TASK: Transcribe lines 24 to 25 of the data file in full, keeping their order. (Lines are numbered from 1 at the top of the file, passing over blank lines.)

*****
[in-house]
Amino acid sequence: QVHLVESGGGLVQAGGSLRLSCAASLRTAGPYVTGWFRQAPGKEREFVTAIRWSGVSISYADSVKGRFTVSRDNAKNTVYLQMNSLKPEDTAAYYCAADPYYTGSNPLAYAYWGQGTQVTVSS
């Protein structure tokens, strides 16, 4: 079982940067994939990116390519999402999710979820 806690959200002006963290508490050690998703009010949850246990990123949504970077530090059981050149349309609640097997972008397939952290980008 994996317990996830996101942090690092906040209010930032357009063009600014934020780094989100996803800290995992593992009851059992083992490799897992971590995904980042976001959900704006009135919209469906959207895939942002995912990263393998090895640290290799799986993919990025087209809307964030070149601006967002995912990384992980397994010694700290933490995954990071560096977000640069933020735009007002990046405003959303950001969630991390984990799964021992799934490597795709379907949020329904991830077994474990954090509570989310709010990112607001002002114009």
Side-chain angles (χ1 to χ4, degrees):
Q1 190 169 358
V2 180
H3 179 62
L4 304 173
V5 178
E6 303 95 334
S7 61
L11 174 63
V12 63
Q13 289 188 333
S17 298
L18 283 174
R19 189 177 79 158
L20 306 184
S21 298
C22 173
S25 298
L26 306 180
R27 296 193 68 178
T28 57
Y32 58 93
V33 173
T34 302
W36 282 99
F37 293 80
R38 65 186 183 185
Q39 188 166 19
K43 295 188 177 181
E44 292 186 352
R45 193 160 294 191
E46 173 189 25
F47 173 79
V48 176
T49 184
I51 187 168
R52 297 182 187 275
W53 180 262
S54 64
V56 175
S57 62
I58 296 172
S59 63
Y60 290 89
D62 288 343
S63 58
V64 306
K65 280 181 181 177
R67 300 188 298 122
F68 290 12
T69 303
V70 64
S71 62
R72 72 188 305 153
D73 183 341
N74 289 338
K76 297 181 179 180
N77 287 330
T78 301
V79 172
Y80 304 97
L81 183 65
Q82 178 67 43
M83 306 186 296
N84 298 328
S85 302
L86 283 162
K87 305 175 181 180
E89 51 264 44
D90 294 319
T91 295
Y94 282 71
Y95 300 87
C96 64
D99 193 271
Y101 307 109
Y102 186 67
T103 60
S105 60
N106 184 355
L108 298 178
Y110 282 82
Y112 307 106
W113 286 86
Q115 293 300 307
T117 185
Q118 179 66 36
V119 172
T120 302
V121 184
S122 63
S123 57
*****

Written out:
T28 57
Y32 58 93